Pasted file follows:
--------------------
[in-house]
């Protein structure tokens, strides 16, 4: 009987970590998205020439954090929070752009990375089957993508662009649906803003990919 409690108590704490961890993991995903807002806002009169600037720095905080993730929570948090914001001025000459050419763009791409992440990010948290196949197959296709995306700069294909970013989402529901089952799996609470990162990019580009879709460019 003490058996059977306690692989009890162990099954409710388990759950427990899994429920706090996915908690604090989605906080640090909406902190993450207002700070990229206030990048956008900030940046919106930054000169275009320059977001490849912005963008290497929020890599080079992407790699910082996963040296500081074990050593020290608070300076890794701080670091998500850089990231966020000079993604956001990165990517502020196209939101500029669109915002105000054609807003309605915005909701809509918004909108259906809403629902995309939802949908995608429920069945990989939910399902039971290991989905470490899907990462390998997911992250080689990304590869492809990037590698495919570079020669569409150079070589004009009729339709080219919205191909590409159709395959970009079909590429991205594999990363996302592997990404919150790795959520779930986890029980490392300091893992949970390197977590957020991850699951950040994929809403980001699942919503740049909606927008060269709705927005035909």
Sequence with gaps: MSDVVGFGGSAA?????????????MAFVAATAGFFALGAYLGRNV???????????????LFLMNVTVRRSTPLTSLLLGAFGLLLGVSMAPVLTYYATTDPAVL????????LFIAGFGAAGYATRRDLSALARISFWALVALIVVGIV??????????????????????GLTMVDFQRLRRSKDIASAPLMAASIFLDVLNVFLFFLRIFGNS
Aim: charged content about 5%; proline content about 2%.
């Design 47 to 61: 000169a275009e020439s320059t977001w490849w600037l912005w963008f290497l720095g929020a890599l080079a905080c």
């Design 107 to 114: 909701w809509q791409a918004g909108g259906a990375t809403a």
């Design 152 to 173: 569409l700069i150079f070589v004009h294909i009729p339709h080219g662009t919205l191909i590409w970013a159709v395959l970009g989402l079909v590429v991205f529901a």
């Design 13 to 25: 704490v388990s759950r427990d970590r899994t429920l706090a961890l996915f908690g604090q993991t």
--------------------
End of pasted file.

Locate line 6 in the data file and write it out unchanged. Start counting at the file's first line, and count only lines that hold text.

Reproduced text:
């Design 107 to 114: 909701w809509q791409a918004g909108g259906a990375t809403a």